After yesterday’s disappointing weekly jobless claims data suggested a degree of economic backsliding, analysts await today’s preliminary purchasing managers’ index (PMI) figures for July. The flash readings of July PMI are expected to reflect a transition from contraction to expansion for both US manufacturing and service sectors, with consensus forecasts of 52.0 and 51.0, respectively, after June’s readings of 49.8 and 47.9. For context, PMI readings over 50 denote expansion in the sector. Analysts are wary of setbacks to the US growth recovery amid the resurgence of Covid-19 cases in key regional hotspots, with yesterday’s upside surprise in new jobless claims for the week ending July 18th adding to the concerns. Notably, this reading was the first weekly increase in unemployment claims since late March. Meanwhile, the EU posted better-than-expected preliminary July PMIs, which registered 51.1 for manufacturing and 55.1 for services versus forecasts of 50.1 and 51.0, respectively, representing marked improvement from the prior month’s 47.4 and 48.3 prints. The first readings of UK PMIs for July also meaningfully surprised to the upside and reflected expansion across the board. Nevertheless, the euro and pound are slightly weaker versus the dollar this morning, though the former is close to a two-year peak while the latter is at multi-month highs.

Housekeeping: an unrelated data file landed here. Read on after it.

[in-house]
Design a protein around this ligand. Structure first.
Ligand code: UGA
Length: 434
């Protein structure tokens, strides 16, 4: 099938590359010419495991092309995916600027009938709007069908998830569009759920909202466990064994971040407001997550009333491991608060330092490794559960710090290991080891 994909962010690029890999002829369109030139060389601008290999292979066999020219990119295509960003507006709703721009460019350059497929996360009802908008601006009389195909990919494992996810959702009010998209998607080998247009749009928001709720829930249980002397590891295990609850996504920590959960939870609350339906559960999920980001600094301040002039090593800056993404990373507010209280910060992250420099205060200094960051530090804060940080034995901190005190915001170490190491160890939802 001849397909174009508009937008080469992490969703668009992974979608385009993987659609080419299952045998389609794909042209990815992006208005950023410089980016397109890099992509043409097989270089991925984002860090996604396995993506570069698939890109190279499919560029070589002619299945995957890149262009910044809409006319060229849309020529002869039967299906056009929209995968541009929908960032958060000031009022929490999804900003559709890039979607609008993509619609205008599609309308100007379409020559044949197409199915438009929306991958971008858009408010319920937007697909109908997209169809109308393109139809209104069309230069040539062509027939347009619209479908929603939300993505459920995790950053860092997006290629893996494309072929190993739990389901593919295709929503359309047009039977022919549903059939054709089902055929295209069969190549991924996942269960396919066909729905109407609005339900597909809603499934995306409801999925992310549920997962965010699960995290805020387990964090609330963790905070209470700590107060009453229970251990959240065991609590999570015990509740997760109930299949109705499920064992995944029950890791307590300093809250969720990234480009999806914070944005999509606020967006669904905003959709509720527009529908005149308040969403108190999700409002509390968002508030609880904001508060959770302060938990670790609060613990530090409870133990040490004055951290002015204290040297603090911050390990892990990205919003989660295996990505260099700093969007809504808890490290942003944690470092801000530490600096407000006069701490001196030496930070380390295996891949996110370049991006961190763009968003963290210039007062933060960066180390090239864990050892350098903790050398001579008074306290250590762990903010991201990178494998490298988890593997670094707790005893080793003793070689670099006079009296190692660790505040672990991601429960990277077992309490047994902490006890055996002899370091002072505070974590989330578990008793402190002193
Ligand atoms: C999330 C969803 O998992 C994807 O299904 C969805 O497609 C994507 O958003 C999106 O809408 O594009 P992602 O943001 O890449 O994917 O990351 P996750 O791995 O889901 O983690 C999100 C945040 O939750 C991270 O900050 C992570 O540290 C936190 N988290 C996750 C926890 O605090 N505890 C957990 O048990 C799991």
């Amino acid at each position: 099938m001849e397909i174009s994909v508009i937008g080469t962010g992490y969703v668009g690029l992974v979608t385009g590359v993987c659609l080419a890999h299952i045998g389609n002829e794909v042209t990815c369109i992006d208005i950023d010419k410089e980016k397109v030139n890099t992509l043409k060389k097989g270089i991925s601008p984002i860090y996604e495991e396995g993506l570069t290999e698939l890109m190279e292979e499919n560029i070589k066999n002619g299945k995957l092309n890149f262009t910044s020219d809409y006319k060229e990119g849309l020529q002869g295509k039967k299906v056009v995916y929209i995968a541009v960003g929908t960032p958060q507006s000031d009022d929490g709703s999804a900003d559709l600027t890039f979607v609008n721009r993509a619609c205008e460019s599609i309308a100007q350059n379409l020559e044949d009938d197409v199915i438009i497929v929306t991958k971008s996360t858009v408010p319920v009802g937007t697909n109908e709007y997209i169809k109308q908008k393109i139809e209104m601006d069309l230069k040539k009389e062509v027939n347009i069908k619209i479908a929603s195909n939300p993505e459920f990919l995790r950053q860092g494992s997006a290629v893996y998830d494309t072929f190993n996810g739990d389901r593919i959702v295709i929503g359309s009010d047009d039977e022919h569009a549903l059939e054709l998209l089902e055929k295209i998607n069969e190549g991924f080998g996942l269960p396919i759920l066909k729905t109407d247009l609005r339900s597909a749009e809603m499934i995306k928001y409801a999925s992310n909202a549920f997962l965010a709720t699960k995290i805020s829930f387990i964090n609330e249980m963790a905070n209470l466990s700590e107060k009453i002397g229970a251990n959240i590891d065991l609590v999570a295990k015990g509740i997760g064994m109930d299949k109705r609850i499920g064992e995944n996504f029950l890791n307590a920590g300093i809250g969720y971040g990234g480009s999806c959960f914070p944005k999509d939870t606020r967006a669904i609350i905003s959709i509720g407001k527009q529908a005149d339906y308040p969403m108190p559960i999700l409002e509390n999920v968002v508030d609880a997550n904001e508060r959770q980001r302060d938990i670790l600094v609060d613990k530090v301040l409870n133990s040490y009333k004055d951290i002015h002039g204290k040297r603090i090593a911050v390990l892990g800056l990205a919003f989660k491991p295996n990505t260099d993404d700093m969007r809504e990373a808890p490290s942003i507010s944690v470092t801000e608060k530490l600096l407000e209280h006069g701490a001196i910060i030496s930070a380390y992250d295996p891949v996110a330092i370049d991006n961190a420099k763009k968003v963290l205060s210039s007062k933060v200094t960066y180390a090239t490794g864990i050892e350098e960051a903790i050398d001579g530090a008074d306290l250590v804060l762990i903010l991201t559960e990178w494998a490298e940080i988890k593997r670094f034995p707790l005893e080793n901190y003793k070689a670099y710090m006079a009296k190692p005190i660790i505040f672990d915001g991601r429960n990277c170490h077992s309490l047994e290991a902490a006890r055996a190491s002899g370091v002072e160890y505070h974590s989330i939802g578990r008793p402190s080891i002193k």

Additional Themes